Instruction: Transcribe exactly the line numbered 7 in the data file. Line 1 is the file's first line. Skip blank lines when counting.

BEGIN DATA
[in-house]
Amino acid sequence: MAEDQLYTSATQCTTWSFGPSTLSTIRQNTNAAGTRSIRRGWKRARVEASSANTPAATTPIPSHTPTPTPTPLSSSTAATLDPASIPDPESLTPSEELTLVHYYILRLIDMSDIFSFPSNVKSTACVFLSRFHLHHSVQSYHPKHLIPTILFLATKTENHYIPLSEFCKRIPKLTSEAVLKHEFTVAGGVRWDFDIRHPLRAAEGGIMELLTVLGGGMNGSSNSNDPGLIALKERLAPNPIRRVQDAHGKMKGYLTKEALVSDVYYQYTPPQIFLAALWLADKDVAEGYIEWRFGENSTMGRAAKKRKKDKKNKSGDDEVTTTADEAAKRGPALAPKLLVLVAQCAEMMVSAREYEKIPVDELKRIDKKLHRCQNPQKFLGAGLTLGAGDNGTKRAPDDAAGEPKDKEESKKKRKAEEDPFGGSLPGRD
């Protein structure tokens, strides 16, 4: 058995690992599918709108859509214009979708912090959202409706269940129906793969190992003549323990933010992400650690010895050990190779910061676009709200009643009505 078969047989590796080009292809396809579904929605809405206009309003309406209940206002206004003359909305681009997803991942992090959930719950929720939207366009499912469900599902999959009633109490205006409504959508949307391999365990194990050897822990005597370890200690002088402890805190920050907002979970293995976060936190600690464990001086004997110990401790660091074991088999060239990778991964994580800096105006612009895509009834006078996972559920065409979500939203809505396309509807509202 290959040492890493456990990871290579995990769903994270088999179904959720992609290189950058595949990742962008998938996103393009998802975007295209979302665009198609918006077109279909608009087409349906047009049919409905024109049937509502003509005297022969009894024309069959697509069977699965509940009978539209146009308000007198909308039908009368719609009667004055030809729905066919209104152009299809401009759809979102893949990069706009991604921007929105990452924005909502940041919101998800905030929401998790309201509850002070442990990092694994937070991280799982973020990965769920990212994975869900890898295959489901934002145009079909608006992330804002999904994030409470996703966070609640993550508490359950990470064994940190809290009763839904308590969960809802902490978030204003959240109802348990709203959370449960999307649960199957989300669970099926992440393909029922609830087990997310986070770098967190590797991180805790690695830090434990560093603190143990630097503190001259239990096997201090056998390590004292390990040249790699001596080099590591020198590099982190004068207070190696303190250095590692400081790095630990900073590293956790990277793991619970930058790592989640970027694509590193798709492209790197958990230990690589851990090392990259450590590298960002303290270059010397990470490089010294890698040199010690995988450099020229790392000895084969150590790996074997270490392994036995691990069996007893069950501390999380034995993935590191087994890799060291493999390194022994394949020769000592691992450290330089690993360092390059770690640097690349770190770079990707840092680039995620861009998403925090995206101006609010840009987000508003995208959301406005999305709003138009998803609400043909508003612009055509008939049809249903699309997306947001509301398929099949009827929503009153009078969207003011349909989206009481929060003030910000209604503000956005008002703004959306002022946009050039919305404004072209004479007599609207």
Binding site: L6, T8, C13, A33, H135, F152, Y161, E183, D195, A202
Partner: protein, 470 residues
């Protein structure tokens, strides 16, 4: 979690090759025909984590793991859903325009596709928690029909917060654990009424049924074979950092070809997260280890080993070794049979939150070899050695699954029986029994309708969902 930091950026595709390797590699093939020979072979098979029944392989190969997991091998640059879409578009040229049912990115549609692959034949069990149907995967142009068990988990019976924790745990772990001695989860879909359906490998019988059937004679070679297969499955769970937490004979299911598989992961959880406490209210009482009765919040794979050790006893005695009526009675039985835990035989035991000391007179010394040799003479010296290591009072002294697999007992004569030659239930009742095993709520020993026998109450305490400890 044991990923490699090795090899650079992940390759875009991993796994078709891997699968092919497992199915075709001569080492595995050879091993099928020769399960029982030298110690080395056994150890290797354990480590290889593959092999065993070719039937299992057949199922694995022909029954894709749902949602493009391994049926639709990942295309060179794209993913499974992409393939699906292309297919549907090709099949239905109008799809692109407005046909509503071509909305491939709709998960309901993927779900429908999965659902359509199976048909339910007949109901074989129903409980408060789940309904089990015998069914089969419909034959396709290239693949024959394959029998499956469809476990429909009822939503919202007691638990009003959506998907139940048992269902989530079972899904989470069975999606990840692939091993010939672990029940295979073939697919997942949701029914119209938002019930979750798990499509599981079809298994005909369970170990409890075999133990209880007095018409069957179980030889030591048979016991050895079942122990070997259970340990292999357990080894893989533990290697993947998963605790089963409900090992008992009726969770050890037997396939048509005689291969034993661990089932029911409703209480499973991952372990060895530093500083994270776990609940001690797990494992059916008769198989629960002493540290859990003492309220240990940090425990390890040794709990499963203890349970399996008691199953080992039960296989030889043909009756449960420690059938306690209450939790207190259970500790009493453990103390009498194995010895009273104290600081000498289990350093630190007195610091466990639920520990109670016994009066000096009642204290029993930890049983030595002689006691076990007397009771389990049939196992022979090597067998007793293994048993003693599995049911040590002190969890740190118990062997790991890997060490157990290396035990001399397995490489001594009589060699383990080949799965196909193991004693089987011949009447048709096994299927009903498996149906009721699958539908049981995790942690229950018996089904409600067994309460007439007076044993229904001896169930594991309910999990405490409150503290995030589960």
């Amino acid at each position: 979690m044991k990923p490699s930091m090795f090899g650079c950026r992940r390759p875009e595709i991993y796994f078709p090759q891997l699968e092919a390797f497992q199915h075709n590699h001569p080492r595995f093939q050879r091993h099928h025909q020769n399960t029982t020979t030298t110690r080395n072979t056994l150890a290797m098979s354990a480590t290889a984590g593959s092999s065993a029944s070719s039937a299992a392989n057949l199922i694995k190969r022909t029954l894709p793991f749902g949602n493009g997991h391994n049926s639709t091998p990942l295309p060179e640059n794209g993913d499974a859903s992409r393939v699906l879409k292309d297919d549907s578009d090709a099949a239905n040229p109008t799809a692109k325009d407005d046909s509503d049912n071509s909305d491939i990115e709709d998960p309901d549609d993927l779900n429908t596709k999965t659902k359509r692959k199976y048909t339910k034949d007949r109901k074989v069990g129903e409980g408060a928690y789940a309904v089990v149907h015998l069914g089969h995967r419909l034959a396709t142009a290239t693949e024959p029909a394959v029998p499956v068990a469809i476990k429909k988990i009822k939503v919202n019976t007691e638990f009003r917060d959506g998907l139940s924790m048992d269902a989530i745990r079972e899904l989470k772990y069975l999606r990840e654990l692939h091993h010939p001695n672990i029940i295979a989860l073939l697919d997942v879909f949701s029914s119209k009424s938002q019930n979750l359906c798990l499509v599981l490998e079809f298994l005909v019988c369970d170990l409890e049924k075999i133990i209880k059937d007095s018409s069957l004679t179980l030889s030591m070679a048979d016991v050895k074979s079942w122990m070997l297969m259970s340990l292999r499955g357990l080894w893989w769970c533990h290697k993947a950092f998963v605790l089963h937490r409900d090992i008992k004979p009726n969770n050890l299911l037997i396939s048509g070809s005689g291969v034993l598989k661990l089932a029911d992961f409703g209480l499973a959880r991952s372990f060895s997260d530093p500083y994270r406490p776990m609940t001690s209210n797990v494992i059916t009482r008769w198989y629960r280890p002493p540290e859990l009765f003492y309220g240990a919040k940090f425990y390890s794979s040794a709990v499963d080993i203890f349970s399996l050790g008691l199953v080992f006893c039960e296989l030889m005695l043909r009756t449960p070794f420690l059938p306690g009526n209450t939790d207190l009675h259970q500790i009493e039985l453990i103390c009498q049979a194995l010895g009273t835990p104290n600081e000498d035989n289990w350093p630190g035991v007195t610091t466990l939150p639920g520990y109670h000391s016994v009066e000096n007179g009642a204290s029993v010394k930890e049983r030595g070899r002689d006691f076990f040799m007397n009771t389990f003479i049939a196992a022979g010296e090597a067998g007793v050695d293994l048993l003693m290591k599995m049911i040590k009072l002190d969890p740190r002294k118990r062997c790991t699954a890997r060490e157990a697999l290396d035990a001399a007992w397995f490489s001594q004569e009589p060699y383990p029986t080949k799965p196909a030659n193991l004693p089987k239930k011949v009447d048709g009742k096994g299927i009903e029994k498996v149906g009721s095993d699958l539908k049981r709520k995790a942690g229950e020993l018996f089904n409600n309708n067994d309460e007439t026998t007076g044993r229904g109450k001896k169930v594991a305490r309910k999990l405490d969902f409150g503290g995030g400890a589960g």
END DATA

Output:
């Amino acid at each position: 979690m044991k990923p490699s930091m090795f090899g650079c950026r992940r390759p875009e595709i991993y796994f078709p090759q891997l699968e092919a390797f497992q199915h075709n590699h001569p080492r595995f093939q050879r091993h099928h025909q020769n399960t029982t020979t030298t110690r080395n072979t056994l150890a290797m098979s354990a480590t290889a984590g593959s092999s065993a029944s070719s039937a299992a392989n057949l199922i694995k190969r022909t029954l894709p793991f749902g949602n493009g997991h391994n049926s639709t091998p990942l295309p060179e640059n794209g993913d499974a859903s992409r393939v699906l879409k292309d297919d549907s578009d090709a099949a239905n040229p109008t799809a692109k325009d407005d046909s509503d049912n071509s909305d491939i990115e709709d998960p309901d549609d993927l779900n429908t596709k999965t659902k359509r692959k199976y048909t339910k034949d007949r109901k074989v069990g129903e409980g408060a928690y789940a309904v089990v149907h015998l069914g089969h995967r419909l034959a396709t142009a290239t693949e024959p029909a394959v029998p499956v068990a469809i476990k429909k988990i009822k939503v919202n019976t007691e638990f009003r917060d959506g998907l139940s924790m048992d269902a989530i745990r079972e899904l989470k772990y069975l999606r990840e654990l692939h091993h010939p001695n672990i029940i295979a989860l073939l697919d997942v879909f949701s029914s119209k009424s938002q019930n979750l359906c798990l499509v599981l490998e079809f298994l005909v019988c369970d170990l409890e049924k075999i133990i209880k059937d007095s018409s069957l004679t179980l030889s030591m070679a048979d016991v050895k074979s079942w122990m070997l297969m259970s340990l292999r499955g357990l080894w893989w769970c533990h290697k993947a950092f998963v605790l089963h937490r409900d090992i008992k004979p009726n969770n050890l299911l037997i396939s048509g070809s005689g291969v034993l598989k661990l089932a029911d992961f409703g209480l499973a959880r991952s372990f060895s997260d530093p500083y994270r406490p776990m609940t001690s209210n797990v494992i059916t009482r008769w198989y629960r280890p002493p540290e859990l009765f003492y309220g240990a919040k940090f425990y390890s794979s040794a709990v499963d080993i203890f349970s399996l050790g008691l199953v080992f006893c039960e296989l030889m005695l043909r009756t449960p070794f420690l059938p306690g009526n209450t939790d207190l009675h259970q500790i009493e039985l453990i103390c009498q049979a194995l010895g009273t835990p104290n600081e000498d035989n289990w350093p630190g035991v007195t610091t466990l939150p639920g520990y109670h000391s016994v009066e000096n007179g009642a204290s029993v010394k930890e049983r030595g070899r002689d006691f076990f040799m007397n009771t389990f003479i049939a196992a022979g010296e090597a067998g007793v050695d293994l048993l003693m290591k599995m049911i040590k009072l002190d969890p740190r002294k118990r062997c790991t699954a890997r060490e157990a697999l290396d035990a001399a007992w397995f490489s001594q004569e009589p060699y383990p029986t080949k799965p196909a030659n193991l004693p089987k239930k011949v009447d048709g009742k096994g299927i009903e029994k498996v149906g009721s095993d699958l539908k049981r709520k995790a942690g229950e020993l018996f089904n409600n309708n067994d309460e007439t026998t007076g044993r229904g109450k001896k169930v594991a305490r309910k999990l405490d969902f409150g503290g995030g400890a589960g």